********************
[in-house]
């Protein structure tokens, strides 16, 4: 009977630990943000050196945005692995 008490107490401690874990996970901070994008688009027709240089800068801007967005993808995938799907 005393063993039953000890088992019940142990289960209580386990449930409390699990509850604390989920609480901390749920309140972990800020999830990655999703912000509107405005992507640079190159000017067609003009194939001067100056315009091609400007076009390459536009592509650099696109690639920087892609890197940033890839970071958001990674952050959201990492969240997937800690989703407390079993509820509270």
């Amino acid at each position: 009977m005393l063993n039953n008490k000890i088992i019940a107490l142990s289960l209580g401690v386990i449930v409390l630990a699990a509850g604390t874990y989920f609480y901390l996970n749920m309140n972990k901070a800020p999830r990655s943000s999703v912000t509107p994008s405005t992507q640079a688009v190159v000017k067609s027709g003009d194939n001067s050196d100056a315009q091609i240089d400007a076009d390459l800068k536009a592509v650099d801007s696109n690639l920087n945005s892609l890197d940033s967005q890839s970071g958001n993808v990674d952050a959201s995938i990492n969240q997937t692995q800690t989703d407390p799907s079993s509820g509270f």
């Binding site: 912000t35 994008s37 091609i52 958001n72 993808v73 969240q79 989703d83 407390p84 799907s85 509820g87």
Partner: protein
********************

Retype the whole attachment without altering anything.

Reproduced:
[in-house]
């Protein structure tokens, strides 16, 4: 009977630990943000050196945005692995 008490107490401690874990996970901070994008688009027709240089800068801007967005993808995938799907 005393063993039953000890088992019940142990289960209580386990449930409390699990509850604390989920609480901390749920309140972990800020999830990655999703912000509107405005992507640079190159000017067609003009194939001067100056315009091609400007076009390459536009592509650099696109690639920087892609890197940033890839970071958001990674952050959201990492969240997937800690989703407390079993509820509270």
């Amino acid at each position: 009977m005393l063993n039953n008490k000890i088992i019940a107490l142990s289960l209580g401690v386990i449930v409390l630990a699990a509850g604390t874990y989920f609480y901390l996970n749920m309140n972990k901070a800020p999830r990655s943000s999703v912000t509107p994008s405005t992507q640079a688009v190159v000017k067609s027709g003009d194939n001067s050196d100056a315009q091609i240089d400007a076009d390459l800068k536009a592509v650099d801007s696109n690639l920087n945005s892609l890197d940033s967005q890839s970071g958001n993808v990674d952050a959201s995938i990492n969240q997937t692995q800690t989703d407390p799907s079993s509820g509270f």
């Binding site: 912000t35 994008s37 091609i52 958001n72 993808v73 969240q79 989703d83 407390p84 799907s85 509820g87």
Partner: protein